Securing two-thirds of both houses of Congress to agree to Mr. Trump’s removal seems like a long shot, especially a fortnight away to the new administration. However, the possibility of two individuals claiming Presidentship at the same time is perhaps the reason the Twenty-Fifth Amendment was drafted, clarifying who at any moment is charged. 

The main issue is a misreading in Section 4, wherein the text says that the president ‘shall resume’ his powers ‘unless’ the vice president and the Cabinet disagree ‘within four days.’ Here, ‘unless’ means that the action is pending, not that it is reversible.

A bad faith reading of the text would mean that the vice president’s status as acting president essentially has no power since any decision can be overturned in four days. Furthermore, if the President is immediately granted power after the four-day interval, they can immediately discharge the Cabinet after the deadline is passed. This would provide power without any checks and balances to it. Considering that the 25th Amendment was initiated to understand power roles in cases of turmoil, it makes little sense for control to be tossed back and forth during the proceedings’ pendency. 

Since Section 4 mentions the vice president’s status as acting president in two places, it must be understood that [A.] the vice president ‘immediately’ takes power as acting president post the incipience declaration of the president’s unfitness and [B.] that the Section decrees says that if the president loses the congressional vote, the vice president ‘shall continue’ as acting president.  Suddenly taking back Presidential power does not make sense in constructing this clause, especially since it would cause a discrepancy in the roles occupied by public officials. 

The correct reading also makes better sense structurally since it would see a power transfer happen one time. Taking legislative intent and the inordinate skewed balance it would present to the Cabinet, it is safe to assume that the bad faith reading cannot be held. Section 4’s drafters meant for the vice president to be in charge during the waiting period. Vagueness in the text cannot compromise the meaning of the Section as well.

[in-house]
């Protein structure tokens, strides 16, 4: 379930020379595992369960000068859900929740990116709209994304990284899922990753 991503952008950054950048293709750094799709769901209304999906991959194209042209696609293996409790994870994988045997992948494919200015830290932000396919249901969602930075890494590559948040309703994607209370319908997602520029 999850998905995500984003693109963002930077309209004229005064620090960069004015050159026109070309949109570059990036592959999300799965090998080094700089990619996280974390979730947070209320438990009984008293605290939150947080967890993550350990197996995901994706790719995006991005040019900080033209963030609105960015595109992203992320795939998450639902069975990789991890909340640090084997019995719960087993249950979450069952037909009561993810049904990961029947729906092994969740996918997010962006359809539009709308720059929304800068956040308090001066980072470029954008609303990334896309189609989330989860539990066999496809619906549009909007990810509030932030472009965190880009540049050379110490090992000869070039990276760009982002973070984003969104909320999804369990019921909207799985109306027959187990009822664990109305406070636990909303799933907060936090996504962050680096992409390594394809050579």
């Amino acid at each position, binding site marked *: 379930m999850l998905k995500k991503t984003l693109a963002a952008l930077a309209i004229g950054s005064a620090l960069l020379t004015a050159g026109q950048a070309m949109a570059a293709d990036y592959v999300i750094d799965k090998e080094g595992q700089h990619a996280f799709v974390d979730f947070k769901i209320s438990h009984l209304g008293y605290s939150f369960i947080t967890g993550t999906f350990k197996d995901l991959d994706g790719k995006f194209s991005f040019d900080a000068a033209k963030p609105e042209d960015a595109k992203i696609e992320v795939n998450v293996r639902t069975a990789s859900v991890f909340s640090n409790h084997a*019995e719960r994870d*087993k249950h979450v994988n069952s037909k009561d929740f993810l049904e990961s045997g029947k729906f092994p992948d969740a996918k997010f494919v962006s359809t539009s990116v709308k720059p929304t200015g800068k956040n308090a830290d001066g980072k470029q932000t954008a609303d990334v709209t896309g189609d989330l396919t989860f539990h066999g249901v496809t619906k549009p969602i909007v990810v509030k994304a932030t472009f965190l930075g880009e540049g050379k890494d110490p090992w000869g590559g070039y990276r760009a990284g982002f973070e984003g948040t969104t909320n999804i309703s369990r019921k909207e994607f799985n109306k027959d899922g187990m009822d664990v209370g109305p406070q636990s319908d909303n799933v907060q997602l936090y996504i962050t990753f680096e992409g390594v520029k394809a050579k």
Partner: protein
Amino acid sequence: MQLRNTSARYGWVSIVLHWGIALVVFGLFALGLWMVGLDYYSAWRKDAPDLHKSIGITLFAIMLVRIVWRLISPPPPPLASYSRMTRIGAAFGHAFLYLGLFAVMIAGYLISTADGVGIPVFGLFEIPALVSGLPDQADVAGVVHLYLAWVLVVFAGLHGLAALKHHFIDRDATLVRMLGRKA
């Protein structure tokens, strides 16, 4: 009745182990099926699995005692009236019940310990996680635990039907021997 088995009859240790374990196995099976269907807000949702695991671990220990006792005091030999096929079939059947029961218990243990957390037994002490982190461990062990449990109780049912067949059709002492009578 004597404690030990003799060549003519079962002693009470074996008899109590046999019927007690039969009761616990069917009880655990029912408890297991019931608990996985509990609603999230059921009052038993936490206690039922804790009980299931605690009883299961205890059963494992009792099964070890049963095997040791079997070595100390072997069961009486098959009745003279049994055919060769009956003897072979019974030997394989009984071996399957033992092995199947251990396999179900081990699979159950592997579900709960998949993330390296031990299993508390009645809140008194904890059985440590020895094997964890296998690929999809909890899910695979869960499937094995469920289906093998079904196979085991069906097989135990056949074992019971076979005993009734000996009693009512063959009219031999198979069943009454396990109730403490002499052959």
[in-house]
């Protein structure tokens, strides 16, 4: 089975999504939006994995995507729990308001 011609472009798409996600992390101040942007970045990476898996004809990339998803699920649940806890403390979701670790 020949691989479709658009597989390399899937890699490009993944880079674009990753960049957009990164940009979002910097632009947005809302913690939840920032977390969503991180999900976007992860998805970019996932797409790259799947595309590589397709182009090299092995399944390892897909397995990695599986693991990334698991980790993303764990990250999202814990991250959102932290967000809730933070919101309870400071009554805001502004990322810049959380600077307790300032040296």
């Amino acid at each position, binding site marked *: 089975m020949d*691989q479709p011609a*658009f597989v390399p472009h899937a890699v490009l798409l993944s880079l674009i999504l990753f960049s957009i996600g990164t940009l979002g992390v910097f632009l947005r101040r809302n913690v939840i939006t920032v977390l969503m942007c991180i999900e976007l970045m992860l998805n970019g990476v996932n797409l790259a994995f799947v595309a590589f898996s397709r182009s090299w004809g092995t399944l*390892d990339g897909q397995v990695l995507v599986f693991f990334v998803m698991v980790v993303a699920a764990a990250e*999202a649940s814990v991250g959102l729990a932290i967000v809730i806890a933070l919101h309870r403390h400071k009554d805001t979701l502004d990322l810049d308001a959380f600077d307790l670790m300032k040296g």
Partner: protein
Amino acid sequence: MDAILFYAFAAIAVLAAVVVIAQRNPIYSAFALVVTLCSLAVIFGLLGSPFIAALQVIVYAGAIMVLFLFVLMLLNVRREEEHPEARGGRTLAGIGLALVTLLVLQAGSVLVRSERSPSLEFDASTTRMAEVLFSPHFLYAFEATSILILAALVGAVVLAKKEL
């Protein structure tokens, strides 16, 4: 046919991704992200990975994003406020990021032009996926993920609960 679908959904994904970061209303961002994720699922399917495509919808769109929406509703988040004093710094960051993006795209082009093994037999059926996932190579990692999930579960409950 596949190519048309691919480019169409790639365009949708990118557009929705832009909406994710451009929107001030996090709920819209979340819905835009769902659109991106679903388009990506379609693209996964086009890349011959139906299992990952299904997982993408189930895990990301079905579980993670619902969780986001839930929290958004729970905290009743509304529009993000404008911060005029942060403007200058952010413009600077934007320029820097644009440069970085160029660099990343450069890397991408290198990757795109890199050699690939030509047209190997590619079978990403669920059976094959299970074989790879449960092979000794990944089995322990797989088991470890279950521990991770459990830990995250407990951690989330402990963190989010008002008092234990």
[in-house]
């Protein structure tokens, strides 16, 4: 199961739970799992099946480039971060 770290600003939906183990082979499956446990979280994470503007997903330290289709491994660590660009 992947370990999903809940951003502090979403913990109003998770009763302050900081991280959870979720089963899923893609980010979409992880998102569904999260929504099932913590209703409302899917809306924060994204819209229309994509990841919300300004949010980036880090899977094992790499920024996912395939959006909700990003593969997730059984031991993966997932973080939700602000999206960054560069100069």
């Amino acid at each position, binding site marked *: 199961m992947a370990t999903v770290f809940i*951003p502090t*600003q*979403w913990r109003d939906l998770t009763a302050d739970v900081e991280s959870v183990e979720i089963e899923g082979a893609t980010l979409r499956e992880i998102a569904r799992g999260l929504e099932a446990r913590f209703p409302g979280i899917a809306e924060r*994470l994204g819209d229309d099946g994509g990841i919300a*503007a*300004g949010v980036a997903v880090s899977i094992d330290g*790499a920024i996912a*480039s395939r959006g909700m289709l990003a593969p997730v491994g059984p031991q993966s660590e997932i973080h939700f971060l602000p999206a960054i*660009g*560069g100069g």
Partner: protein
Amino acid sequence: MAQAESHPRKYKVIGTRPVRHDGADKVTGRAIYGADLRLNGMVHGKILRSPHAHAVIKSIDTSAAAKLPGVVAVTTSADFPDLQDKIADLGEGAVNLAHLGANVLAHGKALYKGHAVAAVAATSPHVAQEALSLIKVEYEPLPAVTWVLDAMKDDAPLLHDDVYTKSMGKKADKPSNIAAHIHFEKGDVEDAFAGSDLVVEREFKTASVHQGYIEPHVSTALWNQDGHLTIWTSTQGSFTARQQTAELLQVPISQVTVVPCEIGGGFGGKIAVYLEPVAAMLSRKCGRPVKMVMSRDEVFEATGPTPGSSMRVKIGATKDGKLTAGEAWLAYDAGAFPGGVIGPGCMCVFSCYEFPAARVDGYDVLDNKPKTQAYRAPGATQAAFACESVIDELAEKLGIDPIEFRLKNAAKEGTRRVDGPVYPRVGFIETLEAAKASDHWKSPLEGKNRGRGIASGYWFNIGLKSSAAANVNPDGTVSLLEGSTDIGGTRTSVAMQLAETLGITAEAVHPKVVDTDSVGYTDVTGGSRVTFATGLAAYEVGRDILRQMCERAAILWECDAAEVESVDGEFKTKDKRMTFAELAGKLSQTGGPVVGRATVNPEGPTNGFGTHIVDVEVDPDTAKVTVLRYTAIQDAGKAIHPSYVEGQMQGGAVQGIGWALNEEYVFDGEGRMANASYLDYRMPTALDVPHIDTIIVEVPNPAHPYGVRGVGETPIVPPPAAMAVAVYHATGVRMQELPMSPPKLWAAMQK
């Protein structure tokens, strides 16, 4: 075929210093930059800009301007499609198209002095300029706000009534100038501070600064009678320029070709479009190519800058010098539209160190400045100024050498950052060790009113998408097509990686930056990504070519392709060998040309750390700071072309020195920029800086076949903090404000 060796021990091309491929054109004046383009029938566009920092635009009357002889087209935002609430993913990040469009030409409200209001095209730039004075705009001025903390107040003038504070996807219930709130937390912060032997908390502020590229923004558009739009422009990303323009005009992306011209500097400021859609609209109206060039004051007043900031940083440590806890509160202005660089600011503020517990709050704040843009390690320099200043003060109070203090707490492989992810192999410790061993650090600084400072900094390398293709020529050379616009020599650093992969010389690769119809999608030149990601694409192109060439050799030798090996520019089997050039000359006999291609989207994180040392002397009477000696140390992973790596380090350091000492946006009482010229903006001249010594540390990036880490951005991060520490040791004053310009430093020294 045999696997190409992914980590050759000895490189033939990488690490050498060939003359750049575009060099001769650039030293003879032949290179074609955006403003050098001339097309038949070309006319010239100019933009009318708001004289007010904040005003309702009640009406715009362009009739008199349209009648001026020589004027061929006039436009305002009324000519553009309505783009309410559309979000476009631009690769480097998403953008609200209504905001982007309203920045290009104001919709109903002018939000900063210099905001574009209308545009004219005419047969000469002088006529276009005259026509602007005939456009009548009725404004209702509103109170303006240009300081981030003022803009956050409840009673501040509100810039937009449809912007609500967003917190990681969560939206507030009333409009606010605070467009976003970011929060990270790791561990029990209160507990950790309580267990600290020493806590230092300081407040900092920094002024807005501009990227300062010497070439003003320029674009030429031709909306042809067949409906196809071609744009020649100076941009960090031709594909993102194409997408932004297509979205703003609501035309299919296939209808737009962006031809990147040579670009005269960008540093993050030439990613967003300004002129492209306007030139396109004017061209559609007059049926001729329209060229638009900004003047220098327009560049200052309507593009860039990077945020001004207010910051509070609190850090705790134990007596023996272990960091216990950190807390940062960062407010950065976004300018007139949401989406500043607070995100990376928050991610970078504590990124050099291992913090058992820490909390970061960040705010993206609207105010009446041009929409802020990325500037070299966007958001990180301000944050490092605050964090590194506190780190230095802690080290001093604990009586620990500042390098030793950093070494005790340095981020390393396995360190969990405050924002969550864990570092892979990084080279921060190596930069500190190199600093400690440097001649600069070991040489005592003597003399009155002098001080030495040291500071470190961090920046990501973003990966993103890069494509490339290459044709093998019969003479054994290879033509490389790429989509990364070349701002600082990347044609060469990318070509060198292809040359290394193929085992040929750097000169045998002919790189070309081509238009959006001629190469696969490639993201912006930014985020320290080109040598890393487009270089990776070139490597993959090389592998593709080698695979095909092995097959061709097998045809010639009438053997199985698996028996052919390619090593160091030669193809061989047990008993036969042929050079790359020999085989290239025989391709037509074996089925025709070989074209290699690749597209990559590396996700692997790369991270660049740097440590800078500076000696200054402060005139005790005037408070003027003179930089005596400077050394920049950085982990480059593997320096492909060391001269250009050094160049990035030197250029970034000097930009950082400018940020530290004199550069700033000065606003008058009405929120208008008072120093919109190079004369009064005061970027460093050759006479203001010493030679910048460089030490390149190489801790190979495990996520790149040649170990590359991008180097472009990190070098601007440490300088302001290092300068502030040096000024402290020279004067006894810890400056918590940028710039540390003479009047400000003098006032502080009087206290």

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Sources

1. Amendment XXV Section 1. In case of removing the President from office or of his death or resignation, the Vice President shall become President.

2. Amendment XXV Section 3.

Whenever the President transmits to the President pro tempore of the Senate and the Speaker of the House of Representatives his written declaration that he is unable to discharge the powers and duties of his office, and until he transmits to them a written declaration to the contrary, such powers and duties shall be discharged by the Vice President as Acting President.

3. Amendment XXV Section 2.

Whenever there is a vacancy in the vice president’s office, the President shall nominate a Vice President who shall take office upon confirmation by a majority vote of both Houses of Congress.

4. 5 U.S. Code §101.Executive departments

5. Amendment XXV Section 4.

Whenever the Vice President and a majority of either the principal officers of the executive departments or of such other body as Congress may by law provide, transmit to the President pro tempore of the Senate and the Speaker of the House of Representatives their written declaration that the President is unable to discharge the powers and duties of his office, the Vice President shall immediately assume the powers and duties of the office as Acting President.